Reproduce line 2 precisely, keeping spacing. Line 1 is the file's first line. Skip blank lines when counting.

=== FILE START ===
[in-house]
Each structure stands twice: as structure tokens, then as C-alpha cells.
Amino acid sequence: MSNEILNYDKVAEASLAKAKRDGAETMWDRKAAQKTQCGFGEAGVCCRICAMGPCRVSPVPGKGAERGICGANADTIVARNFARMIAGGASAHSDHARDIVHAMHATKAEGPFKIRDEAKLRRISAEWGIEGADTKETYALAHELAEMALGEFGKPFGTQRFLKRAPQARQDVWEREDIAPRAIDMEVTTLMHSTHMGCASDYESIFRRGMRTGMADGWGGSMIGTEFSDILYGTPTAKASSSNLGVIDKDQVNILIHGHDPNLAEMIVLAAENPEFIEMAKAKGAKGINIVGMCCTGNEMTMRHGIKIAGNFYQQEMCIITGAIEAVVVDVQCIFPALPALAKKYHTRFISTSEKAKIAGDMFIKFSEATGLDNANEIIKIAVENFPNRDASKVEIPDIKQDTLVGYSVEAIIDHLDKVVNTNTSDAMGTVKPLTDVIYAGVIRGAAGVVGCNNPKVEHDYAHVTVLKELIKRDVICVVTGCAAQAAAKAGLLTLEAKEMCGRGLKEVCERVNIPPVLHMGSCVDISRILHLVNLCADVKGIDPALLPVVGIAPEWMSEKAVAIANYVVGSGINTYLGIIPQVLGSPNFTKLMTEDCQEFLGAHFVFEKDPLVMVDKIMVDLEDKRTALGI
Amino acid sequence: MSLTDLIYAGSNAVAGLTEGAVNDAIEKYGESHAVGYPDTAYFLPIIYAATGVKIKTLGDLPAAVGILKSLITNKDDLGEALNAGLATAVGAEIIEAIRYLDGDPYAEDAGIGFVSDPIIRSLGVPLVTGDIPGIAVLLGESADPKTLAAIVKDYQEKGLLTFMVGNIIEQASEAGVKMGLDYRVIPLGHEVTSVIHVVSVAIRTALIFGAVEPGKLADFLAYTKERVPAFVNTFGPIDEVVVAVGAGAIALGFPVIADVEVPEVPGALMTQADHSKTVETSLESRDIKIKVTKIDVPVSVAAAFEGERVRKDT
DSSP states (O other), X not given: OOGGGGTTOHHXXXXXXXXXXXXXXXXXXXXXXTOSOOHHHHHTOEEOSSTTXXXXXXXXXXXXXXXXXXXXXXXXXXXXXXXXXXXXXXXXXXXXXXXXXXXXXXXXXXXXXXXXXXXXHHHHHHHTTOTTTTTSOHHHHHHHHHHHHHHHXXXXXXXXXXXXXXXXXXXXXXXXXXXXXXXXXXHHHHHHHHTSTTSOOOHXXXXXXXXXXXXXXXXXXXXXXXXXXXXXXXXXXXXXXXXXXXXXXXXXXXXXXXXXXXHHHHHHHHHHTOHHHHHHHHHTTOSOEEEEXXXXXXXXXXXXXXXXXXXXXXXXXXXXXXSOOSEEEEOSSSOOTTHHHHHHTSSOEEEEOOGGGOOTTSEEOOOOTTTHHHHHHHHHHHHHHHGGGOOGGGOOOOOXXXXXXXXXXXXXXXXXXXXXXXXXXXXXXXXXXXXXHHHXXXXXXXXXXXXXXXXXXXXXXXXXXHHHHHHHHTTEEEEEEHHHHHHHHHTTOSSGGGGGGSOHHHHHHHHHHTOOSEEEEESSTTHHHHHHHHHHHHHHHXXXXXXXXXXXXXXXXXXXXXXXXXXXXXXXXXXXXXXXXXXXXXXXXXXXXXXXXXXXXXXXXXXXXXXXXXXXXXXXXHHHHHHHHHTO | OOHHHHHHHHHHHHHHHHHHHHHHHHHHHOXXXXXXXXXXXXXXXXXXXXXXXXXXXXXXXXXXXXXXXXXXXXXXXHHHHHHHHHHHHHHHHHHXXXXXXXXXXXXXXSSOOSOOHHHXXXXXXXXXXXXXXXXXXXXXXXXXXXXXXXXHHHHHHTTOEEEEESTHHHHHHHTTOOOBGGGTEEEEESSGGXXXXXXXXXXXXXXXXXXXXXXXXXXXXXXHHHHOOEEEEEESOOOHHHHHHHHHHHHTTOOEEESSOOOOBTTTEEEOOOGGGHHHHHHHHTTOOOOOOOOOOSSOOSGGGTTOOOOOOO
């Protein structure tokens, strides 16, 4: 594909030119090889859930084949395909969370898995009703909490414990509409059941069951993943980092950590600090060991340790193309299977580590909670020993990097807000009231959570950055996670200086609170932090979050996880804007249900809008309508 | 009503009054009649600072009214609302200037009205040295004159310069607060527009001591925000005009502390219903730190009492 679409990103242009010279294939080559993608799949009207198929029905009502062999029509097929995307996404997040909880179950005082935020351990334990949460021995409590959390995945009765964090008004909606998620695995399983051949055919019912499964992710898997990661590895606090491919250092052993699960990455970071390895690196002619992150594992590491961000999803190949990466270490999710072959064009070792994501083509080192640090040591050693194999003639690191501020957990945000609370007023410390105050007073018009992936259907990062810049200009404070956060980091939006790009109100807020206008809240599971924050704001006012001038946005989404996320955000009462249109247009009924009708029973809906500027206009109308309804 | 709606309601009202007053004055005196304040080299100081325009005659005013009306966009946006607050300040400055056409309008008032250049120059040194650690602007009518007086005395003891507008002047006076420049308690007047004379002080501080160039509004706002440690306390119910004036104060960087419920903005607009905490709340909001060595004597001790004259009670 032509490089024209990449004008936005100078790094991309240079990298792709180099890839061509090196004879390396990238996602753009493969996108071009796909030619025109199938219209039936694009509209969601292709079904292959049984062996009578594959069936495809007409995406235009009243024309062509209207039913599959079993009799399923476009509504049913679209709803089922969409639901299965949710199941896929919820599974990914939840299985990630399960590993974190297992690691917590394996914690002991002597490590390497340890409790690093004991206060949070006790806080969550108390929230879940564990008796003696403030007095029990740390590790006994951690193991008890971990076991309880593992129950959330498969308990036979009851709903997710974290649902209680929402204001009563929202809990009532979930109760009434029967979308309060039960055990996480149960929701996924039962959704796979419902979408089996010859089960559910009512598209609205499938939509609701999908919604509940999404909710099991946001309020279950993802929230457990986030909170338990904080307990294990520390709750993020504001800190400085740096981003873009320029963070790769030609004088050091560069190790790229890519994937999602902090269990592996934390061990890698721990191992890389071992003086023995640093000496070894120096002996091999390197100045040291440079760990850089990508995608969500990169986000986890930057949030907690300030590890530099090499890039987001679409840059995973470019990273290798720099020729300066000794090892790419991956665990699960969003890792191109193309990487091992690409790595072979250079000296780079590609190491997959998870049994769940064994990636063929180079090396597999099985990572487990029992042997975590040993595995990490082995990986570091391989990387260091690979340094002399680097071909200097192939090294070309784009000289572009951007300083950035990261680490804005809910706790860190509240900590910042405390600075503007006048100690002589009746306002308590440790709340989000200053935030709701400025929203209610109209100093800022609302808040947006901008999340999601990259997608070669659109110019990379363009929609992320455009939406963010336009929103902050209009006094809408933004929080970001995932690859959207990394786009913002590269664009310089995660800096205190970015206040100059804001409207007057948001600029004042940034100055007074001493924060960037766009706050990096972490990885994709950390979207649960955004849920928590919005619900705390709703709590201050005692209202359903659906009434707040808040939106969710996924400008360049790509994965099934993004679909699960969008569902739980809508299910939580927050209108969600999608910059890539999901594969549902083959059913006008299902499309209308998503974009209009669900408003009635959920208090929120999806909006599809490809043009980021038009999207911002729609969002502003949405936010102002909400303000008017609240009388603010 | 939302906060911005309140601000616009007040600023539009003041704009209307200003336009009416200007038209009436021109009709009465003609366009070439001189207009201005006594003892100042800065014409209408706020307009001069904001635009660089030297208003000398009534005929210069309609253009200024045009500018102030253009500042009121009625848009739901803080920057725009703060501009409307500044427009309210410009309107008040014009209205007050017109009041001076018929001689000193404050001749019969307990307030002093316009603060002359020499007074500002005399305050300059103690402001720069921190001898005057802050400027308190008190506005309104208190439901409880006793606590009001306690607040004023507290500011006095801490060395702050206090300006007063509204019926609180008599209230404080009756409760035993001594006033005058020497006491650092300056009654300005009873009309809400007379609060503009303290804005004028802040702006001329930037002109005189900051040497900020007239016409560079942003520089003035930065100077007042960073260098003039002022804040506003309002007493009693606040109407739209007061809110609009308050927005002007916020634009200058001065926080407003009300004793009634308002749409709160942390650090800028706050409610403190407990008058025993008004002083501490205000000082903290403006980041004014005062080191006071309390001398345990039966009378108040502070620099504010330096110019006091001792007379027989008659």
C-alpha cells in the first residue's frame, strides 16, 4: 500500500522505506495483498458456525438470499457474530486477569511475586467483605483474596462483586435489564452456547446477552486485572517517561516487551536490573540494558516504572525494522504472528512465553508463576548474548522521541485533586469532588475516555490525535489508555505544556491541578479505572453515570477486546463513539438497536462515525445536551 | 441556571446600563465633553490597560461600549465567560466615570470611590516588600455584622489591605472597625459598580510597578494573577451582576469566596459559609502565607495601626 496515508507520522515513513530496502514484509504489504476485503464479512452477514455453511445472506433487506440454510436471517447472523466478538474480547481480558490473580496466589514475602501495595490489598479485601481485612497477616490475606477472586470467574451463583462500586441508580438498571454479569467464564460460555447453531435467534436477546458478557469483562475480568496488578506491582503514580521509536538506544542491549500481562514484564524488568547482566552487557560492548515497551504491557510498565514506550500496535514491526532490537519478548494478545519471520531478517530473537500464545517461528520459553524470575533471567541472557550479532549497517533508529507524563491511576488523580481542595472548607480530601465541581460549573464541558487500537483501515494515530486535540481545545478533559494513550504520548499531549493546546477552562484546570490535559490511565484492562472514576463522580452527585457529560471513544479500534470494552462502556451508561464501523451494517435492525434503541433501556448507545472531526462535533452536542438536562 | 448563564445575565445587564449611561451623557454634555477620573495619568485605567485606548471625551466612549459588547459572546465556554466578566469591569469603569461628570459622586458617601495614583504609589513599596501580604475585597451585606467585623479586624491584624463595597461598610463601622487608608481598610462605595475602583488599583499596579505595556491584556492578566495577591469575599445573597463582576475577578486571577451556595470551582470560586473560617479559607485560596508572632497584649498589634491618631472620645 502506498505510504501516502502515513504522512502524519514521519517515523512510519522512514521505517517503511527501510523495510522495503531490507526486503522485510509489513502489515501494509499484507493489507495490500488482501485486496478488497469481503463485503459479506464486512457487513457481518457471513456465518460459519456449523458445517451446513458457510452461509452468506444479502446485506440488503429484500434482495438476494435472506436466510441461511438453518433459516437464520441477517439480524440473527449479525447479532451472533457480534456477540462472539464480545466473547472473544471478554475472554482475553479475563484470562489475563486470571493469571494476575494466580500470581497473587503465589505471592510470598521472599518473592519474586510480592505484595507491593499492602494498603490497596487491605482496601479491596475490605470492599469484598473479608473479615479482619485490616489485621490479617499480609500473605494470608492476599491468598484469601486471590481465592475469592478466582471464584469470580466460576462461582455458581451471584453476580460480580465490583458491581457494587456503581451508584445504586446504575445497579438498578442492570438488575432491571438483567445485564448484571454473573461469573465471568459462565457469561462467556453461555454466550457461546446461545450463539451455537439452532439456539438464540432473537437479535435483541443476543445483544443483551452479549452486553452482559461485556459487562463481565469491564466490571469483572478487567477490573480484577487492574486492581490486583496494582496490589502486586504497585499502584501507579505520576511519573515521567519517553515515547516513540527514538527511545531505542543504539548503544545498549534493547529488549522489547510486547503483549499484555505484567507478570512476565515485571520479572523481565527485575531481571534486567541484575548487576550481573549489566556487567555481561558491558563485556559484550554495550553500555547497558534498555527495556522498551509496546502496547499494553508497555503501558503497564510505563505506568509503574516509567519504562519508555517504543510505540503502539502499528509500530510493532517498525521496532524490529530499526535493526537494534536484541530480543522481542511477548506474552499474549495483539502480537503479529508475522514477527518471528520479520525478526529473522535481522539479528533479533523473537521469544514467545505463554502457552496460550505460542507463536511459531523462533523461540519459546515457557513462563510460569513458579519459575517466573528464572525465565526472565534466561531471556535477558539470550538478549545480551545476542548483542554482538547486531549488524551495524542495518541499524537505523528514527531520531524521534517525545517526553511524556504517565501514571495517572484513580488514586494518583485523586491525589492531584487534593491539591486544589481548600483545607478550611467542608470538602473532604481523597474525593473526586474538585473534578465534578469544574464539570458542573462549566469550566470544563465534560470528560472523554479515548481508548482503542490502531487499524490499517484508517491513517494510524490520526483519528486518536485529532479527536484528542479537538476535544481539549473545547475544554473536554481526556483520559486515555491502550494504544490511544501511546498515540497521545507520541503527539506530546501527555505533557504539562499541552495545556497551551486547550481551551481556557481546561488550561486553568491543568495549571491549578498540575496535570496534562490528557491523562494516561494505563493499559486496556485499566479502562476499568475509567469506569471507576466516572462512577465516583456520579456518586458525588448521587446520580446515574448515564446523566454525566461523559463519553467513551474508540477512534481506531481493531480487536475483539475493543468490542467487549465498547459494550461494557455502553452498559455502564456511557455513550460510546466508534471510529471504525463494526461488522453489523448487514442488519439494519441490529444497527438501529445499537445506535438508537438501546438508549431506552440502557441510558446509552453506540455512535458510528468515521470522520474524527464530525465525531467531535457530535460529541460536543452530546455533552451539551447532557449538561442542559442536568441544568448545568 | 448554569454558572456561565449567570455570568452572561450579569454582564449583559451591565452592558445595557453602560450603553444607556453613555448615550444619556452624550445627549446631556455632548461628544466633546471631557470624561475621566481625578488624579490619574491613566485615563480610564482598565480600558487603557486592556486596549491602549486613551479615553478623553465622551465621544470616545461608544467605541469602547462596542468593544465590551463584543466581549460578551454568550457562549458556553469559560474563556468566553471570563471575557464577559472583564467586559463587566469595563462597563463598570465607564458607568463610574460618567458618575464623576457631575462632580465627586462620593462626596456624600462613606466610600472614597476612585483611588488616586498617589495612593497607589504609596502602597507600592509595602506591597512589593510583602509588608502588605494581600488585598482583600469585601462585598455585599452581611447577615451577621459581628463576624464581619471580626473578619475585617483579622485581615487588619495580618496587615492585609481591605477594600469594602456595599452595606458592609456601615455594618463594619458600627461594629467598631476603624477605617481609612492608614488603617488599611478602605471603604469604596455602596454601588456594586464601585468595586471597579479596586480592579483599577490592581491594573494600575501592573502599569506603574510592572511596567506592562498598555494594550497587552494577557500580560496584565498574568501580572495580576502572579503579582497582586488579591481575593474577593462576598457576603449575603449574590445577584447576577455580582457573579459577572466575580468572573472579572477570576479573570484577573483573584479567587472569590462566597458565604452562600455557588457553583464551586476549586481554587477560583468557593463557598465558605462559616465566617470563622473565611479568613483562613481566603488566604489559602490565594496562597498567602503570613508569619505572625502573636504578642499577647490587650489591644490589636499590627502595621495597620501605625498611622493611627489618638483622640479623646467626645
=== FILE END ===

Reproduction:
Each structure stands twice: as structure tokens, then as C-alpha cells.